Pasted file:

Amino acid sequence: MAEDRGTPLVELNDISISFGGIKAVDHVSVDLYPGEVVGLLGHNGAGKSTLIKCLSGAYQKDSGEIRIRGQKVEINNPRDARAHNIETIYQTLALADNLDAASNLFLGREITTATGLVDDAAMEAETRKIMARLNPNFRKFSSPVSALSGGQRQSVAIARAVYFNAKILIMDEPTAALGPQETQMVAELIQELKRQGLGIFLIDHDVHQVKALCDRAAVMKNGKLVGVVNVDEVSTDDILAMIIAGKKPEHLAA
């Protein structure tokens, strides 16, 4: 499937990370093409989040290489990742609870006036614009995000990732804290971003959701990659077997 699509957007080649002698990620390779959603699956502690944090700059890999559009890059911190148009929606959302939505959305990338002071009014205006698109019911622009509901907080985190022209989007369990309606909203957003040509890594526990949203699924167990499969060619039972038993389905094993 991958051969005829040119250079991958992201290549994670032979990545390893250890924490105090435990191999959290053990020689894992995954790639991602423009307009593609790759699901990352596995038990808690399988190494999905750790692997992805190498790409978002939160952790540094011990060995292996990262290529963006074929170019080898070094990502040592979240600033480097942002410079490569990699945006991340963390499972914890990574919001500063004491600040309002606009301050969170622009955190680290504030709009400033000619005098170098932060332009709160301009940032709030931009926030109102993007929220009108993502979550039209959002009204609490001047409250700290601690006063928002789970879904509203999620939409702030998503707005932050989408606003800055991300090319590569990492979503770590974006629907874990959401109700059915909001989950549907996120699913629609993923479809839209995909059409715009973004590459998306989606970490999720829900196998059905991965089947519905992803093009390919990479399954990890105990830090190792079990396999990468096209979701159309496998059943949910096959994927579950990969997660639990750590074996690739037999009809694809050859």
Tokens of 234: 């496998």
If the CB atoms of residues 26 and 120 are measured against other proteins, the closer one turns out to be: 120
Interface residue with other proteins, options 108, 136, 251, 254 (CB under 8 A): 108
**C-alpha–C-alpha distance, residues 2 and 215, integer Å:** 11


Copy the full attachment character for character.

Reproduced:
Amino acid sequence: MAEDRGTPLVELNDISISFGGIKAVDHVSVDLYPGEVVGLLGHNGAGKSTLIKCLSGAYQKDSGEIRIRGQKVEINNPRDARAHNIETIYQTLALADNLDAASNLFLGREITTATGLVDDAAMEAETRKIMARLNPNFRKFSSPVSALSGGQRQSVAIARAVYFNAKILIMDEPTAALGPQETQMVAELIQELKRQGLGIFLIDHDVHQVKALCDRAAVMKNGKLVGVVNVDEVSTDDILAMIIAGKKPEHLAA
């Protein structure tokens, strides 16, 4: 499937990370093409989040290489990742609870006036614009995000990732804290971003959701990659077997 699509957007080649002698990620390779959603699956502690944090700059890999559009890059911190148009929606959302939505959305990338002071009014205006698109019911622009509901907080985190022209989007369990309606909203957003040509890594526990949203699924167990499969060619039972038993389905094993 991958051969005829040119250079991958992201290549994670032979990545390893250890924490105090435990191999959290053990020689894992995954790639991602423009307009593609790759699901990352596995038990808690399988190494999905750790692997992805190498790409978002939160952790540094011990060995292996990262290529963006074929170019080898070094990502040592979240600033480097942002410079490569990699945006991340963390499972914890990574919001500063004491600040309002606009301050969170622009955190680290504030709009400033000619005098170098932060332009709160301009940032709030931009926030109102993007929220009108993502979550039209959002009204609490001047409250700290601690006063928002789970879904509203999620939409702030998503707005932050989408606003800055991300090319590569990492979503770590974006629907874990959401109700059915909001989950549907996120699913629609993923479809839209995909059409715009973004590459998306989606970490999720829900196998059905991965089947519905992803093009390919990479399954990890105990830090190792079990396999990468096209979701159309496998059943949910096959994927579950990969997660639990750590074996690739037999009809694809050859």
Tokens of 234: 């496998």
If the CB atoms of residues 26 and 120 are measured against other proteins, the closer one turns out to be: 120
Interface residue with other proteins, options 108, 136, 251, 254 (CB under 8 A): 108
**C-alpha–C-alpha distance, residues 2 and 215, integer Å:** 11